It's not every day a 15-year-old girl -decides she wants to play a male lead in an 18th-century play, but it's also not every day you meet someone like Satya (Tia) Kutsko.

The sophomore at New Mexico School for the Arts is a daring kind of art student, and that excitement for challenge pays off in a big way this month. After a performance in Farmington on Jan. 18, the actress, singer and musician travels to New York City to perform at the legendary 54 Below cabaret for All Things Broadway: In the Spotlight on Friday, Jan. 24, followed by Broadwaycon's Star to Be competition the next day.

As for that male lead, that was a few months ago in NMSA's production of Sense and Sensibility. Director Kate Chavez tells SFR, "We had one of our romantic male leads drop out and leave the show. … And [Tia], that night, wrote me an email that was like, 'I think I can do it, here's how I'll do it, I've already talked to this person about taking this role and I could double in this way, and I've figured it all out.'"

For anyone who doubted that a 15-year-old girl in 2019 could play a
20-something man from 1792, those thoughts were quickly dashed.

"By the time we got to performances, she had come to a whole new level," Chavez continues. "She makes big choices and she takes big risks, and that's really admirable in someone so young."

Kutsko has been a musician since age 7, when she took up piano and quickly became adept at the typical classical pieces taught to young students. Recently, her interest in the pop music of the 1970s has taken center stage.

"A year ago, I saw Bohemian Rhapsody, and became totally obsessed with Queen and Freddie Mercury," Kutsko says.

The movie inspired her to branch out into '70s music on piano, but the biggest influence was yet to come.

"In June, I saw Rocketman, and became completely obsessed with Elton John," she says, practically effervescing over the phone. (This connection is also completely unsurprising for anyone who's seen her sport her signature big sunglasses.) "I felt like I related to him on a lot of things; like him being a piano player, being from a small town, and a lot of his struggles with his music and with his classical teacher. I really related to that, and I also loved the music."

It's fitting, then, that she'll sing and play "Pinball Wizard" at the Broadwaycon competition on Jan. 25 (and you can see her tackle the song on YouTube, too). bAfter seeing Rocketman in theaters 12 times, Kutsko says she latched onto Elton John's cover of the Who song, "which has a crazy piano line instead of the guitar riff." She improvises where she sees fit, adds -flourish, and listens for other instruments in the original version that she can incorporate into her piano playing.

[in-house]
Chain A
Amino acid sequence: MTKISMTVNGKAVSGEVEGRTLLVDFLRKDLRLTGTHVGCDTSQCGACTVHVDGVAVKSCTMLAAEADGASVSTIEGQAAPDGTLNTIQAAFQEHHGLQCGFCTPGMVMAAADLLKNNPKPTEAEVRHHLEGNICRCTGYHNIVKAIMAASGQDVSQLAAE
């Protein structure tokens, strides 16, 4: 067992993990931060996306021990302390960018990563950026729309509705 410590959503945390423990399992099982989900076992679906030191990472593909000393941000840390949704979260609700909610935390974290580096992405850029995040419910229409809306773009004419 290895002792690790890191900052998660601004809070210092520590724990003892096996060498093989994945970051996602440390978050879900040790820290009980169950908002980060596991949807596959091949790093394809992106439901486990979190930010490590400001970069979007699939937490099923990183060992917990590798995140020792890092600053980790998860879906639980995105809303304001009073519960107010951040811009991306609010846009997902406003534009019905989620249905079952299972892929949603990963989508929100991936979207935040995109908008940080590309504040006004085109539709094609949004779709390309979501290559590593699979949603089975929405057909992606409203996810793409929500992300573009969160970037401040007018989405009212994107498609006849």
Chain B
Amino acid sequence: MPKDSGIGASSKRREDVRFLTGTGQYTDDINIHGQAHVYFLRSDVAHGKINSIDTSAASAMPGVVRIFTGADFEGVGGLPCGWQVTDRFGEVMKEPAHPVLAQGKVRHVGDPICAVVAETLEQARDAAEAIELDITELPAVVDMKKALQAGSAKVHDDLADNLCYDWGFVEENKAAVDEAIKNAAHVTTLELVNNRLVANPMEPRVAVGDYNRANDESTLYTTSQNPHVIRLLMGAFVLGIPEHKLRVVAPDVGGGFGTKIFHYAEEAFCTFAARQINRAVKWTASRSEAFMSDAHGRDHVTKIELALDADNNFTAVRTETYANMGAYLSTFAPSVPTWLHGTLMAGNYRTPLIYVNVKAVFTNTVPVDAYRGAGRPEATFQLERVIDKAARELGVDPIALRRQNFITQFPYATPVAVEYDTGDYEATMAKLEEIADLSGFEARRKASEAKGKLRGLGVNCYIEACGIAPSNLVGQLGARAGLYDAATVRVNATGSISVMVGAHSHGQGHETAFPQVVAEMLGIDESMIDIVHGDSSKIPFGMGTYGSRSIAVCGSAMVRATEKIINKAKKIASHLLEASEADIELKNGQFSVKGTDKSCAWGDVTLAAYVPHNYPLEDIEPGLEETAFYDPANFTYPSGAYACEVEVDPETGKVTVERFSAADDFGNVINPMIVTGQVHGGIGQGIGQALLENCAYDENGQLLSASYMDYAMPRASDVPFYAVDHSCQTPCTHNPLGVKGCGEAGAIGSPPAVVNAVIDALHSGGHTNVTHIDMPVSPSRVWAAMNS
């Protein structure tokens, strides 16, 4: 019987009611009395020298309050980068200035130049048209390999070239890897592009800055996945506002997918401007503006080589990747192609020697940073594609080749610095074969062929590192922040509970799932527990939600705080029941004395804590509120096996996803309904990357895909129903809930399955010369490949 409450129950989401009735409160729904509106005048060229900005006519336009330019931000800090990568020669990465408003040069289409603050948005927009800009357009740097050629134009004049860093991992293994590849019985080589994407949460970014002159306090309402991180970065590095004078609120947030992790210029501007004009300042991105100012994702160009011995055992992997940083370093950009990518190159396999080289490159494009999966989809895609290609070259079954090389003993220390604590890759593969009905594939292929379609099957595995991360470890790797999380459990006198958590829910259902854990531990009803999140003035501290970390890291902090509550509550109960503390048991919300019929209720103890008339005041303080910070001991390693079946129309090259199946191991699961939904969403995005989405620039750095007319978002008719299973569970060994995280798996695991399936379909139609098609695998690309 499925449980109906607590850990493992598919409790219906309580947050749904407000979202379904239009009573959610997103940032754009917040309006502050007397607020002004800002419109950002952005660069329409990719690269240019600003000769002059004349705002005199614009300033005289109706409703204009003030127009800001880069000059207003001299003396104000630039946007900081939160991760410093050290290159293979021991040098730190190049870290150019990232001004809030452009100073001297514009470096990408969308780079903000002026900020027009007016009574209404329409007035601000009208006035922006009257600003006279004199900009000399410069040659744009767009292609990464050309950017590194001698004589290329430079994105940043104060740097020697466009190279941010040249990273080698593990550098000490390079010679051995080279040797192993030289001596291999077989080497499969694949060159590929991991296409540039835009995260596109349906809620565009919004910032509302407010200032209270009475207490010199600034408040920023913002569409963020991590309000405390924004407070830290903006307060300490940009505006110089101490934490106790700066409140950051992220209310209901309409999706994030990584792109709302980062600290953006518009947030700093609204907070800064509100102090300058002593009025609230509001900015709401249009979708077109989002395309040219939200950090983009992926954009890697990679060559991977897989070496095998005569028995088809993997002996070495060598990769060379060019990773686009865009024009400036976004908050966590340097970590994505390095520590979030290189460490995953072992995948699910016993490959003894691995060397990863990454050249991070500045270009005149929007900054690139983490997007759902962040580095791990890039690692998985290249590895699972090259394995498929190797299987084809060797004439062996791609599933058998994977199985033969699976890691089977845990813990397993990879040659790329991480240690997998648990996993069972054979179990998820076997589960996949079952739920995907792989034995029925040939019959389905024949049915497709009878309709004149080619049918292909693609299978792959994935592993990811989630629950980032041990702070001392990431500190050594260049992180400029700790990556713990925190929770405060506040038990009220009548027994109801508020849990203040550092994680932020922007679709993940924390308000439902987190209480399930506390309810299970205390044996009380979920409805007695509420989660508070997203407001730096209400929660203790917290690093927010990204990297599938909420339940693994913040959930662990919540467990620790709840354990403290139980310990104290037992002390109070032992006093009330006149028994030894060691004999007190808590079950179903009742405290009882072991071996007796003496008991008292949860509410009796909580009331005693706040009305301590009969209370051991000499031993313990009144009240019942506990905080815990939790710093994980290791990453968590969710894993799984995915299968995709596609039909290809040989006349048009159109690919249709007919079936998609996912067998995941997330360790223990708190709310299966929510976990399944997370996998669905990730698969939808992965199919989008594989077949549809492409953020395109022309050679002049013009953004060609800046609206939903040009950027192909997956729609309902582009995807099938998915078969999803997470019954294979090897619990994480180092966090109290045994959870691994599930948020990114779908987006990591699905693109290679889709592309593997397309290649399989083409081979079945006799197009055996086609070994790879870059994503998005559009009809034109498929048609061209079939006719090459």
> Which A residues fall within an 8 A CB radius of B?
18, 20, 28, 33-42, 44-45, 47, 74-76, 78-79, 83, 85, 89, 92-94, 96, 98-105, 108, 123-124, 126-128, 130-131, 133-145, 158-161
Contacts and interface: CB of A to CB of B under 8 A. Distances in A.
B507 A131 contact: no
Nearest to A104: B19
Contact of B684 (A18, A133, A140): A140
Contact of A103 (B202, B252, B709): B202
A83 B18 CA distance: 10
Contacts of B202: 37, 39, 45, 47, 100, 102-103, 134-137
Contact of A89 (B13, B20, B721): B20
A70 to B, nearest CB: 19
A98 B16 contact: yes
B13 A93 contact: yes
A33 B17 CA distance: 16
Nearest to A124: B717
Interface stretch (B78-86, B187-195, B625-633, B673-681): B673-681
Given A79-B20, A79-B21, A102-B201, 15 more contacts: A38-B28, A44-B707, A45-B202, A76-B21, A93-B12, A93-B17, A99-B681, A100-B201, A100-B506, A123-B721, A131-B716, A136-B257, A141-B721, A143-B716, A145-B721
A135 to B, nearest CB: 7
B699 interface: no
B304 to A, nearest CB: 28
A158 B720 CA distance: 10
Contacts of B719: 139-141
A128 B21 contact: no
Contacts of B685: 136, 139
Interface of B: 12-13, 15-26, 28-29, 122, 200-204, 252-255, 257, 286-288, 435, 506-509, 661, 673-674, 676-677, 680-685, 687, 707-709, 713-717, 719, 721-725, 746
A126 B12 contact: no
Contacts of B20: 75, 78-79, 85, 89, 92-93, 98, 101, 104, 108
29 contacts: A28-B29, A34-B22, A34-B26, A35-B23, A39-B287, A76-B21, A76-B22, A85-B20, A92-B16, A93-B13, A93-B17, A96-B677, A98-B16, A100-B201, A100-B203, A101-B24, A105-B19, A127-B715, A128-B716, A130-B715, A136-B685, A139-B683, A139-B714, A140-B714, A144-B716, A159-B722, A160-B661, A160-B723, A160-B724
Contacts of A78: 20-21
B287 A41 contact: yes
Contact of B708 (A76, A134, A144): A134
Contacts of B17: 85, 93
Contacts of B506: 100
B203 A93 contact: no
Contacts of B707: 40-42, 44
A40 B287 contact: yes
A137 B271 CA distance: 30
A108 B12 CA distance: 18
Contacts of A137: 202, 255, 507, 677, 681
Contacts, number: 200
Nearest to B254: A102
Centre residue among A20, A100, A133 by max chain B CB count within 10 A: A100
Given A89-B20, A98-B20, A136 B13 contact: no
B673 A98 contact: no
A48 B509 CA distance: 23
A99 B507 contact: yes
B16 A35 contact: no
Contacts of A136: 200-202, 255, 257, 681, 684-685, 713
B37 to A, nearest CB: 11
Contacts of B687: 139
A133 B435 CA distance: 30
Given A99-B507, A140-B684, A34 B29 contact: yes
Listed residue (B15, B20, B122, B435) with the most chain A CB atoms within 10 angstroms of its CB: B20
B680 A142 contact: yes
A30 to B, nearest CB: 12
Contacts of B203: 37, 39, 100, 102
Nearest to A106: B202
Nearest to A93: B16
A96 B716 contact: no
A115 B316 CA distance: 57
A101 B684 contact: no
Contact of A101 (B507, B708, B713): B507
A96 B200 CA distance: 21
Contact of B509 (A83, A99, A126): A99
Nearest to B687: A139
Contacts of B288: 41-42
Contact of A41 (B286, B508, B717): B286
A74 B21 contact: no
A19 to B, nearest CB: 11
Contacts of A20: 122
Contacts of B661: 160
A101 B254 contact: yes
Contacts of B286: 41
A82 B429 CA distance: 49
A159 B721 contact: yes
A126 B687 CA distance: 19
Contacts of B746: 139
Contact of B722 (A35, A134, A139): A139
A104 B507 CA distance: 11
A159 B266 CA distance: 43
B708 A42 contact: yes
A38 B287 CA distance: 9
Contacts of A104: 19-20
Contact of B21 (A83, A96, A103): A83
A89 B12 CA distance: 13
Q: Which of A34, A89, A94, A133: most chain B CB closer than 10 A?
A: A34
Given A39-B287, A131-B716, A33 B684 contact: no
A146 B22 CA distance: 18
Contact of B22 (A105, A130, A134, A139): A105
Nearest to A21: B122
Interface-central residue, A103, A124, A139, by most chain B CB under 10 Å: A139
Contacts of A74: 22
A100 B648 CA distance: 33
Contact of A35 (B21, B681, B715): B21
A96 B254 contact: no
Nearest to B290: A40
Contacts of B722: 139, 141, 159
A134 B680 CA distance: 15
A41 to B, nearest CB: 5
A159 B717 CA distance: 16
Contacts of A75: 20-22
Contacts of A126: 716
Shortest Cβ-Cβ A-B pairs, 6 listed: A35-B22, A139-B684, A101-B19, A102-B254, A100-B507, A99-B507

Lest you think her job is all fun and games, know that Kutsko knows the mechanics of music as well. The music theory aspect of her knowledge comes in with "Meadowlark," which Kutsko had to adjust to her vocal range for her performance at 54 Below.

"Meadowlark" is "from The Baker's Wife, which is a musical by Stephen Schwartz. Among other things, he wrote Wicked, Pippin, Godspell—some huge titles, but this one is more unknown," Kutsko says. "I actually discovered the song through a 54 Below recording of Andrew Reynolds singing 'Meadowlark.' I was like, this is such a good song! So then I listened to a Patti LuPone version of it, and became hooked."

But being hooked isn't enough when the Andrew Reynolds version is too low and the Patti LuPone version is too high. But not to worry—Kutsko has a solution.

"It was only this year that I worked up the courage to transpose it to C Major for learning it," she says.

So she has the fun, she has the smarts—and, in the end, turns out she has the heart for art, too.

In addition to being a lesbian who -appreciates the way many Broadway shows accurately represent LGBTQ characters, she also knows art can be a salve in crazy times, both worldwide and personal.

"I think that some people think that arts are a privilege, and yes, they can be—but…you can express yourself in many ways that can help our current situation."

As for her own life, she knows she's capable of whatever she sets her mind to because of her success in the arts. "I feel what I'm trying to communicate with my work so far is that if I can put my mind to something, I can do it." And whether that means working on "Meadowlark" every day at lunch, spending hours or days on a drawing, or writing as much as she can, she knows a fundamental truth: "Set your mind to your goals, and you can get it done

Heroine's Song
Friday, Jan. 18 in Farmington;
info at fmtn.org/civiccenter

All Things Broadway: In the Spotlight
Friday, Jan. 24 in New York City;
info at 54below.com

Broadwaycon Star To Be 2020
Saturday, Jan. 25 in New York City;
info at broadwaycon.com